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Sorenstam makes believers, if not cut


FORT WORTH, Texas - Peter Jacobsen leaned over the wall outside the clubhouse at Colonial Country Club to get a better view. Annika Sorenstam had just arrived on the 18th green to finish the second round and her historic appearance at the Colonial.

A couple of autograph-seekers were trying to get Jacobsen's attention, but the PGA Tour veteran was focused on Sorenstam.

"What she did was great," Jacobsen said. "It didn't impact my game. It didn't impact anybody's game. The players who looked at what she did as detrimental need to get a real job. I look forward to the day that a woman player qualifies for the tour."

It won't be Sorenstam, who said after missing the cut here Friday that she will happily go back to the LPGA Tour this week and didn't plan on playing a PGA Tour event for the rest of her career.

But maybe it will be one of her peers on the LPGA Tour or, perhaps, Michelle Wie.

Wie, the 13-year-old phenom from Hawaii, was in contention as this year's Nabisco Championship, the LPGA's first major, and will play with the men in a Nationwide Tour event later this year. Wie has said she would like to qualify for the Masters and maybe try someday to play full time on the PGA Tour.

What Sorenstam, 32, did might have made that possible.

"I think that I feel very fortunate to do what I do," said Sorenstam, who missed the cut by four strokes after shooting rounds of 1-over-par 71 and 4-over 74. "For me to come here, get the opportunity to really push myself and live my dream, I hope other women and girls feel the same way that they just get to follow their heart."

There has been talk of other PGA Tour events offering sponsor's exemptions to some of the other top players on the LPGA Tour, specifically the publicity starved B.C. Open inviting Se Ri Pak to its event in mid-July. Suzy Whaley, a club pro from outside Hartford, Conn., qualified for this year's Greater Hartford Open.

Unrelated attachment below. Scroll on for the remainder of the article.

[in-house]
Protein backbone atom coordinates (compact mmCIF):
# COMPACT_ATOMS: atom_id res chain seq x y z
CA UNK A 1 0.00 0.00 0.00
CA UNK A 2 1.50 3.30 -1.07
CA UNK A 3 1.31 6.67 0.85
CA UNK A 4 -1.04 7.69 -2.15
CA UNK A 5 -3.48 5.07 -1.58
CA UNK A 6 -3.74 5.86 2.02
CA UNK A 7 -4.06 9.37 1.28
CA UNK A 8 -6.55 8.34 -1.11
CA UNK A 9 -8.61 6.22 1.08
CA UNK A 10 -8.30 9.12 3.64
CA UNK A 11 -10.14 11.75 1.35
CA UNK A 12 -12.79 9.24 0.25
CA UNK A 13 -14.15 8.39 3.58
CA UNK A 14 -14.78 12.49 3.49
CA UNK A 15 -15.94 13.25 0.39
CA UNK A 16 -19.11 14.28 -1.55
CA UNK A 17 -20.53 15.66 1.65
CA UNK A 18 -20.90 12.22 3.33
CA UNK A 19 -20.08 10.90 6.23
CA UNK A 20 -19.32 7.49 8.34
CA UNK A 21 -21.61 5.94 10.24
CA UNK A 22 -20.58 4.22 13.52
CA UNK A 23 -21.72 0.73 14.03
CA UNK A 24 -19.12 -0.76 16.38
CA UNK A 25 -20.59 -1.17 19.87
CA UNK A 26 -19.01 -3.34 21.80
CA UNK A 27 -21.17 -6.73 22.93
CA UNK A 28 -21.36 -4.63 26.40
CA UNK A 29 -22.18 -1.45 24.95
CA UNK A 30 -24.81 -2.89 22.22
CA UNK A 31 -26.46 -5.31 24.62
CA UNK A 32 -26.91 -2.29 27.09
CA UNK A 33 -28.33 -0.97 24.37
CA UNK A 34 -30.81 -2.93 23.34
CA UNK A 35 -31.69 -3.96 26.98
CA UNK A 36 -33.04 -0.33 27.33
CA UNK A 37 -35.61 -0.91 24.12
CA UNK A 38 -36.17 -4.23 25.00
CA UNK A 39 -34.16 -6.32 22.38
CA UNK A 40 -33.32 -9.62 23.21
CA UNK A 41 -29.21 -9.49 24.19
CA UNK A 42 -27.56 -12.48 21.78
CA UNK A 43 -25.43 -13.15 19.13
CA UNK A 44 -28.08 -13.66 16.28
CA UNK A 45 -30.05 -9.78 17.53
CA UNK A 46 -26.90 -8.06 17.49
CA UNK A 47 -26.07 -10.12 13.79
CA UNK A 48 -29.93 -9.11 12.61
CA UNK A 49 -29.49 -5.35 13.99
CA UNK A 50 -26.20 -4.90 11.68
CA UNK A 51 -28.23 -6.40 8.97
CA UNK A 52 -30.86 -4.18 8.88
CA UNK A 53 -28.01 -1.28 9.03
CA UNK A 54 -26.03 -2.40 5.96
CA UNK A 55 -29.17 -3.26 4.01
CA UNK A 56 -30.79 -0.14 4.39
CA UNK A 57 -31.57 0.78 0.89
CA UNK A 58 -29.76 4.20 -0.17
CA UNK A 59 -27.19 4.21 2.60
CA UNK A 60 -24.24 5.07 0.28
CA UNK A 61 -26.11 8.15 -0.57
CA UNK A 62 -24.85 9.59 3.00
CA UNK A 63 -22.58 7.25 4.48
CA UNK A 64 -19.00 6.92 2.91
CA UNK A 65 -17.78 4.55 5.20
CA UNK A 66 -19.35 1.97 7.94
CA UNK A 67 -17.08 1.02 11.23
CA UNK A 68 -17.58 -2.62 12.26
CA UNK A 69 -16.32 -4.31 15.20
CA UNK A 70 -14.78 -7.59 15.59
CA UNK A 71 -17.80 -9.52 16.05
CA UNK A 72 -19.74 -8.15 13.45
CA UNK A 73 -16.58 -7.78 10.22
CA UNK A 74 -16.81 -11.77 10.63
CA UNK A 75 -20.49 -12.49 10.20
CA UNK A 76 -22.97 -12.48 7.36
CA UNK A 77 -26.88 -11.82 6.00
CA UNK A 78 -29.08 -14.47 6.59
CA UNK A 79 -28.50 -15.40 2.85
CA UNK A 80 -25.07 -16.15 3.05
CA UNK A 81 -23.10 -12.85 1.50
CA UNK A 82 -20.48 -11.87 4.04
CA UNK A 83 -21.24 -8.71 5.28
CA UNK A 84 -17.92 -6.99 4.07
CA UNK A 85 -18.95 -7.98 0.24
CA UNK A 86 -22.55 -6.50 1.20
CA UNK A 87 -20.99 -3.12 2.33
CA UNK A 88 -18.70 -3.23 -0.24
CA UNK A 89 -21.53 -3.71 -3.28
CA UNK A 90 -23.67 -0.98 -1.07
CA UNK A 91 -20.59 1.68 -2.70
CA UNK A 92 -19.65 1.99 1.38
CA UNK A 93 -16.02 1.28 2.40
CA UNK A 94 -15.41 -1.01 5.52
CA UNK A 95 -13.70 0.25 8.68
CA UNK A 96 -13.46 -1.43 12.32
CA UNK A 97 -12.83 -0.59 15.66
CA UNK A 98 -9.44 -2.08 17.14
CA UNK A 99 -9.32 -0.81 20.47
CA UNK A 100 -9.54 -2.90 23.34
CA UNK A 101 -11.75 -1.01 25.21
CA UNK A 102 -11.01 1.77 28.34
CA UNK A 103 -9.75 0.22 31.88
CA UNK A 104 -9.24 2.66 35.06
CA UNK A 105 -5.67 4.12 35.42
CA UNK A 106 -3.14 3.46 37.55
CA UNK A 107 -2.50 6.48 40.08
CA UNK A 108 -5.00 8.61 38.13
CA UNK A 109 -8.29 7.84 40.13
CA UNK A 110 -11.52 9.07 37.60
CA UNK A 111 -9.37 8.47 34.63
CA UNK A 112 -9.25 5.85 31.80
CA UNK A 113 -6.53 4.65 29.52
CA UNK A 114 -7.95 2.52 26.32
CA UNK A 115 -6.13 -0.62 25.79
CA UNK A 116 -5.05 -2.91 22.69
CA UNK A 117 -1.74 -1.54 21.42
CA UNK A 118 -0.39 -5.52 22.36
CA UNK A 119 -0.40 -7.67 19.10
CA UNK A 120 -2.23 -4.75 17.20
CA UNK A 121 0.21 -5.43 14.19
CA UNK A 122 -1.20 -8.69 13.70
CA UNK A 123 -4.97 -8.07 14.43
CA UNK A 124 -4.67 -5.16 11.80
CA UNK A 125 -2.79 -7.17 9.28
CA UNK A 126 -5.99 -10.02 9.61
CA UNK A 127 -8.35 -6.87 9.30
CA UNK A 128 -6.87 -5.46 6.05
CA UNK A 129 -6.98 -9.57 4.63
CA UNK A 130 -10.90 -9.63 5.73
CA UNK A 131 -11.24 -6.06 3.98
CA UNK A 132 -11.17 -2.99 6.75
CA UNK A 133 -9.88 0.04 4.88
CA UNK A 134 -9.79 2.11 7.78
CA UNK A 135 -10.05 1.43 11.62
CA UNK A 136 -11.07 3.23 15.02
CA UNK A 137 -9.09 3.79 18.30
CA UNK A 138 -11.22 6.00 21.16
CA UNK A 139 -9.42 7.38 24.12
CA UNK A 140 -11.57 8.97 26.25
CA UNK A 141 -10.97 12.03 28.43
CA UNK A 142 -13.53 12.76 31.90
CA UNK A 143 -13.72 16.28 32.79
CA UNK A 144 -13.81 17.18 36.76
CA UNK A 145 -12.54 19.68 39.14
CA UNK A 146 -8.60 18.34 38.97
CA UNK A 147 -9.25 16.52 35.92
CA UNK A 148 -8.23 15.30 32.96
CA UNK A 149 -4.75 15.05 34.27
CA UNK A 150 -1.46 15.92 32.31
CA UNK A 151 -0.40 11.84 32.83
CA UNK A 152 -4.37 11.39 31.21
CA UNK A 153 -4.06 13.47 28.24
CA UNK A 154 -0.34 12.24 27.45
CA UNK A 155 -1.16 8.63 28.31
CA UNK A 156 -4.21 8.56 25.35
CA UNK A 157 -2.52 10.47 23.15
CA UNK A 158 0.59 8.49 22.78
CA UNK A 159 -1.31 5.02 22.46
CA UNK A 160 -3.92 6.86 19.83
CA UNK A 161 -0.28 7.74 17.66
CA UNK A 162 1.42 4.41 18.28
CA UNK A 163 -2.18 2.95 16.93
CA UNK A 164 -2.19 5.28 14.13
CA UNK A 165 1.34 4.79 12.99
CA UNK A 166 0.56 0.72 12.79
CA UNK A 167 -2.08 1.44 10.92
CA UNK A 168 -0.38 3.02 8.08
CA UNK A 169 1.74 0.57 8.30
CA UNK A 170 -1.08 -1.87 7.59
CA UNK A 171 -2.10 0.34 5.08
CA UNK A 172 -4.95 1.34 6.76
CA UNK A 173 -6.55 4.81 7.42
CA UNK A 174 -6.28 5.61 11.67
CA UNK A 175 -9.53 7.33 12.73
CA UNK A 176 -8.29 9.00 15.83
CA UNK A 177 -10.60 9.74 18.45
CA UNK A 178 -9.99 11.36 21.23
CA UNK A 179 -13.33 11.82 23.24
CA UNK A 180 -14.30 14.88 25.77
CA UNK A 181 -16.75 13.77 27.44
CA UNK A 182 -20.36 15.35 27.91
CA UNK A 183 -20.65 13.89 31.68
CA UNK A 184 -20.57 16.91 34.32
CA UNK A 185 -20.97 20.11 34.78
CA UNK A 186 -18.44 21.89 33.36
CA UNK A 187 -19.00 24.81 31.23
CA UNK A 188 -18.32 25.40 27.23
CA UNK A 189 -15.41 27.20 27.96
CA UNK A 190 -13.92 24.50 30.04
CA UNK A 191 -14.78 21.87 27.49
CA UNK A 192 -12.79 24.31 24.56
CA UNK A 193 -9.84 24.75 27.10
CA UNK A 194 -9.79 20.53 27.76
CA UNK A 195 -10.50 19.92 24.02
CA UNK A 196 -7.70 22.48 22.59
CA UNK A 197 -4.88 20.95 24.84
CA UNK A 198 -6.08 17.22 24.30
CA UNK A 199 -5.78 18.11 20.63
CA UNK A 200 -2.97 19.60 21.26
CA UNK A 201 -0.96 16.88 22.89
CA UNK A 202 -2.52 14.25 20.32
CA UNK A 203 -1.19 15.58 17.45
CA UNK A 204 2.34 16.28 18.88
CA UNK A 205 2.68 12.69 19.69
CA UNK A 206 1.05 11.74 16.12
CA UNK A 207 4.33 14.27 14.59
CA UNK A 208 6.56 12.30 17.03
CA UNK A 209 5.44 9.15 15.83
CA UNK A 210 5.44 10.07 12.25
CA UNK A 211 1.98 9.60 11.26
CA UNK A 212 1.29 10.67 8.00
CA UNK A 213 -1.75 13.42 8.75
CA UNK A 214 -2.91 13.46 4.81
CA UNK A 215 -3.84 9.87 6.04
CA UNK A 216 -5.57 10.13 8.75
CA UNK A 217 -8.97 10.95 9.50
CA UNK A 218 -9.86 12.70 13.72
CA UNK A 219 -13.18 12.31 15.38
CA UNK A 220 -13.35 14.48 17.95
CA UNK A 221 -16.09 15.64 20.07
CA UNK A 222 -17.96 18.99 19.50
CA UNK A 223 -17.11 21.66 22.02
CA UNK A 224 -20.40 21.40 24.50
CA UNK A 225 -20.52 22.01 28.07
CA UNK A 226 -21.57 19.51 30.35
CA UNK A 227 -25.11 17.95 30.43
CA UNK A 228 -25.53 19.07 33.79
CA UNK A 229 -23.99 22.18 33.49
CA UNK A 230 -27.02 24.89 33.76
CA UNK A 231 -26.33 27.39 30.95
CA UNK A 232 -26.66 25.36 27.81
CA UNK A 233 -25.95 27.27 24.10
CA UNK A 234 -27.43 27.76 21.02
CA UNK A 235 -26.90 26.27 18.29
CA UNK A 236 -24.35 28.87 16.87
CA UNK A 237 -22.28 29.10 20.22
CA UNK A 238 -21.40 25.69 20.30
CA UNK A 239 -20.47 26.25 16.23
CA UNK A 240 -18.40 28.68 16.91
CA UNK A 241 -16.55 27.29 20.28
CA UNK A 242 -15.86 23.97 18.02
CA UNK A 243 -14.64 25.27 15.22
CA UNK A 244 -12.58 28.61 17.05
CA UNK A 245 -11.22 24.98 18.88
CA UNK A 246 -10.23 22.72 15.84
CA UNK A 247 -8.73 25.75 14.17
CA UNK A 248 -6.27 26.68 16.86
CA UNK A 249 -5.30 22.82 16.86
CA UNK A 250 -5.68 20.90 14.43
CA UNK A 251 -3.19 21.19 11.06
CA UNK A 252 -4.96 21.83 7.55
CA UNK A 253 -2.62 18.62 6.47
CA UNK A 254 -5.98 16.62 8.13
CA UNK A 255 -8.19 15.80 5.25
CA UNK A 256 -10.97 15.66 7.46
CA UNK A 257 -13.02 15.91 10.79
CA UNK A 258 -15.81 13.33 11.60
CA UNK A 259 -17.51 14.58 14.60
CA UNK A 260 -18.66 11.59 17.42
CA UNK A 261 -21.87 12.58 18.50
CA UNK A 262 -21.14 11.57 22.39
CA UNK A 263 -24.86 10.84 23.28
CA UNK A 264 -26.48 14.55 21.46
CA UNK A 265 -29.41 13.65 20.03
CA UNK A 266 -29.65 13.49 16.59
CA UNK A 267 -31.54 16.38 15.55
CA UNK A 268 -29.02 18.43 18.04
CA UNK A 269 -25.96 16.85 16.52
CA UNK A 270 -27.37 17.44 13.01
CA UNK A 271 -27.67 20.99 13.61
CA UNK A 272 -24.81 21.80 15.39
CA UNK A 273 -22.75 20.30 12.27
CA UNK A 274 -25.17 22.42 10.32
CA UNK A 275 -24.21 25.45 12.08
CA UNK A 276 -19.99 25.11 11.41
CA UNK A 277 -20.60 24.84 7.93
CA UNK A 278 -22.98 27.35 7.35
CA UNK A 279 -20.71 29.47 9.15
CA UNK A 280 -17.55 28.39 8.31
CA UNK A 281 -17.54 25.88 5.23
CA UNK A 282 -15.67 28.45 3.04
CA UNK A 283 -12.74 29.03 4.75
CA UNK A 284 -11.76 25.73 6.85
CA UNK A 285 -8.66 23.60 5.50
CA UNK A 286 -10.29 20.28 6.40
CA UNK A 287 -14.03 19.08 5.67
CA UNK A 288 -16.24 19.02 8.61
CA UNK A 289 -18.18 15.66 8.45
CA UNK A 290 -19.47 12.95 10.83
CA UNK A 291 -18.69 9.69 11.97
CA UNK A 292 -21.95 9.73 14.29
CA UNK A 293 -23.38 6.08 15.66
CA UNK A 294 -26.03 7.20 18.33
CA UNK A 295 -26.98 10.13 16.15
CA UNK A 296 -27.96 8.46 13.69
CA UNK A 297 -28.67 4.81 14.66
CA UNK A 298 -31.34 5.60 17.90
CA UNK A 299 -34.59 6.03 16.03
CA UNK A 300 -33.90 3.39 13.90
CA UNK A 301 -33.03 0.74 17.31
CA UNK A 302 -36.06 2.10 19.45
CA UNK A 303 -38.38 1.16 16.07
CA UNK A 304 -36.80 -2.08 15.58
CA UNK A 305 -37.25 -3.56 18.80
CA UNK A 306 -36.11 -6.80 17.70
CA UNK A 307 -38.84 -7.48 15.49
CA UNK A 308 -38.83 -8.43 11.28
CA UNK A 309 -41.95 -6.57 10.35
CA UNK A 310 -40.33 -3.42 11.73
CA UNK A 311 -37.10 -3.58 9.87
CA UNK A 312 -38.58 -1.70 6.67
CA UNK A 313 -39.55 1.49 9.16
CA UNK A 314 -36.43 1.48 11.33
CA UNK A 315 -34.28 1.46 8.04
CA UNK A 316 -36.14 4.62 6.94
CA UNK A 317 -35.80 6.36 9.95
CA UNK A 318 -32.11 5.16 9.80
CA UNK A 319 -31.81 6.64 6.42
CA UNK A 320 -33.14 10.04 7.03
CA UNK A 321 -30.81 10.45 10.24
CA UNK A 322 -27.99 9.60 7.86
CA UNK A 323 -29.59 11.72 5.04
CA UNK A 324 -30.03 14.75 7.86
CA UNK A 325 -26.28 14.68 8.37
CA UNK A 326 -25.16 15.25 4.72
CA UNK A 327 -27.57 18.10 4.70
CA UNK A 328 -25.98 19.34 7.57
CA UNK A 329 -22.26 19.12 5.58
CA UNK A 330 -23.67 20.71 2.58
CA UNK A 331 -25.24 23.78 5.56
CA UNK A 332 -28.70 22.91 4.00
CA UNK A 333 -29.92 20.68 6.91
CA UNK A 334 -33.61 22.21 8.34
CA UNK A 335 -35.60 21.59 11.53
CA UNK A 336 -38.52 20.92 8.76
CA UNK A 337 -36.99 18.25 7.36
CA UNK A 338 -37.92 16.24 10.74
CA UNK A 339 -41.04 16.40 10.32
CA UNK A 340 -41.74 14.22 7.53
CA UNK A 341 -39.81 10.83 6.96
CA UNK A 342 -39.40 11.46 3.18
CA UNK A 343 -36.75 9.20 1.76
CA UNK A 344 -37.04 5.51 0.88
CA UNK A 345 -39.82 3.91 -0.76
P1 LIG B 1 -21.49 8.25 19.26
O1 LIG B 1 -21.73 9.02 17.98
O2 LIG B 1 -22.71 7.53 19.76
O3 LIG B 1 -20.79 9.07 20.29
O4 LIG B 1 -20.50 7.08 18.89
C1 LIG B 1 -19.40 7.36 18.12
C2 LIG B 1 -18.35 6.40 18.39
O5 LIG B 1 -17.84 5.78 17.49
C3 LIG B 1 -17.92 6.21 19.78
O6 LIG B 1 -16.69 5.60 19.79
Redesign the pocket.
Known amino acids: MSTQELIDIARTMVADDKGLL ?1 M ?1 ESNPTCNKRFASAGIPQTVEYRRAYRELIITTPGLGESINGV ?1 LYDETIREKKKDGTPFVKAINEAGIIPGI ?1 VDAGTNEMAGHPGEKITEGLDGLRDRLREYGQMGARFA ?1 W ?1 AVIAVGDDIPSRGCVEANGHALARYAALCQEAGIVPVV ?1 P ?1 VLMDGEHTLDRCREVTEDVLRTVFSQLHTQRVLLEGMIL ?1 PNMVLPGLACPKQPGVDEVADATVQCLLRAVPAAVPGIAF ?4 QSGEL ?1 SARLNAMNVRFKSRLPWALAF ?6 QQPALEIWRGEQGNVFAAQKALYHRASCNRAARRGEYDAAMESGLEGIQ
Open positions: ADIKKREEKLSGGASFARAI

Those who criticized Sorenstam for accepting a spot in the Colonial are no longer spouting off; in fact, Sorenstam said that a couple of PGA Tour players who publicly questioned her appearance here privately apologized to her after her remarkable opening round.

Dan Forsman, one of the most open-minded players on the tour, has a simple solution.

"I would say the best LPGA player is exempt as many times as she wants to play the regular [men's] tour," said Forsman, who shared the second-round lead but dropped out of contention with a 3-over 73 yesterday. "If she wants to play the men's tour on occasion, I would say bring her on."

Sorenstam's performance at Colonial also showed something else: There is a talent gap between the PGA and LPGA tours. While she beat 11 players in the field, including former PGA champion Mark Brooks and reigning Kemper Open champion Bob Estes, Sorenstam admitted that "everything is a little over my head."

Luke Donald, a 25-year-old Englishman who is on his second full season on the PGA Tour, said the younger players might be more accepting of Sorenstam and other women competing with them because their generation has grown up with the notion of equal opportunity in sports.

But Donald, who was the NCAA men's champion during his college years at Northwestern, doesn't know why Sorenstam or any other women would want to play the PGA Tour full time.

"She's probably showed that she's good enough to be out here," Donald said. "But if you're the best player on the LPGA Tour and you can win tournaments there, why would you want to come out here and struggle to make the cut?"

Most of the PGA Tour players were sorry to see Sorenstam miss the cut, knowing the intense media attention will dissipate and the huge crowds would dwindle over the weekend.

Jesper Parnevik was proud of what his fellow Swede accomplished.

"This whole week is about Annika," said Parnevik, who didn't seem to mind that his own play was overshadowed by Sorenstam. "It's very historic. I'm impressed with the way she handled herself. She played amazing. I guess we have the Shark, the Tiger, and now we have Superwoman."

Tournament chairman Dee Finley surveyed the scene around the 18th green early Friday night and knew that whatever reservations he might have had in January about Sorenstam playing in one of the PGA Tour's most traditional events were a bit overblown.

"It's been such a terrific week," he said. "It's been wonderful to watch her under such pressure. She's just a truly great professional and it's been fun getting to know her."

Would he do it again, and offer another sponsor's exemption to a woman?

"Under the right circumstances," he said. "These circumstances were extraordinary."

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